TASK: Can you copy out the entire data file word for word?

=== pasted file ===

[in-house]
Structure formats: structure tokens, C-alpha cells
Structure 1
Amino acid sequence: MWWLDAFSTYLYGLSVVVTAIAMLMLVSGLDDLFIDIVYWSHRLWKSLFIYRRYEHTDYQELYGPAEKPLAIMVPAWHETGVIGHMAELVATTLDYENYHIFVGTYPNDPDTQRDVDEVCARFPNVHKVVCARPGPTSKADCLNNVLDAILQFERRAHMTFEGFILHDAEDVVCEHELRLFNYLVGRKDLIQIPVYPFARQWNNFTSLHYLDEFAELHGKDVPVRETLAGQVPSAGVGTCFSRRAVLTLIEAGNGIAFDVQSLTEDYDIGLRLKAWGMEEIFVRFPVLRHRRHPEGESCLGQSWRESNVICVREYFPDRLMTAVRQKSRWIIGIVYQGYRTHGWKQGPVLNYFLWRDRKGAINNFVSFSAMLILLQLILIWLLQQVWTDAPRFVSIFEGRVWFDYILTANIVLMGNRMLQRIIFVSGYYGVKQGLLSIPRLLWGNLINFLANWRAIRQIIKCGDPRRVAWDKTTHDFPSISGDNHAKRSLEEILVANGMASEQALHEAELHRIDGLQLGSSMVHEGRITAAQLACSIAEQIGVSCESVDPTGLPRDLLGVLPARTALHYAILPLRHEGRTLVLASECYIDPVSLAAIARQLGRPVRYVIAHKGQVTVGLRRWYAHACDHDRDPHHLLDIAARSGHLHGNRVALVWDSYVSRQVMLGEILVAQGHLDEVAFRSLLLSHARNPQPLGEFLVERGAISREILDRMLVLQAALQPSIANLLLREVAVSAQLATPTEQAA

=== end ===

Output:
[in-house]
Structure formats: structure tokens, C-alpha cells
Structure 1
Amino acid sequence: MWWLDAFSTYLYGLSVVVTAIAMLMLVSGLDDLFIDIVYWSHRLWKSLFIYRRYEHTDYQELYGPAEKPLAIMVPAWHETGVIGHMAELVATTLDYENYHIFVGTYPNDPDTQRDVDEVCARFPNVHKVVCARPGPTSKADCLNNVLDAILQFERRAHMTFEGFILHDAEDVVCEHELRLFNYLVGRKDLIQIPVYPFARQWNNFTSLHYLDEFAELHGKDVPVRETLAGQVPSAGVGTCFSRRAVLTLIEAGNGIAFDVQSLTEDYDIGLRLKAWGMEEIFVRFPVLRHRRHPEGESCLGQSWRESNVICVREYFPDRLMTAVRQKSRWIIGIVYQGYRTHGWKQGPVLNYFLWRDRKGAINNFVSFSAMLILLQLILIWLLQQVWTDAPRFVSIFEGRVWFDYILTANIVLMGNRMLQRIIFVSGYYGVKQGLLSIPRLLWGNLINFLANWRAIRQIIKCGDPRRVAWDKTTHDFPSISGDNHAKRSLEEILVANGMASEQALHEAELHRIDGLQLGSSMVHEGRITAAQLACSIAEQIGVSCESVDPTGLPRDLLGVLPARTALHYAILPLRHEGRTLVLASECYIDPVSLAAIARQLGRPVRYVIAHKGQVTVGLRRWYAHACDHDRDPHHLLDIAARSGHLHGNRVALVWDSYVSRQVMLGEILVAQGHLDEVAFRSLLLSHARNPQPLGEFLVERGAISREILDRMLVLQAALQPSIANLLLREVAVSAQLATPTEQAA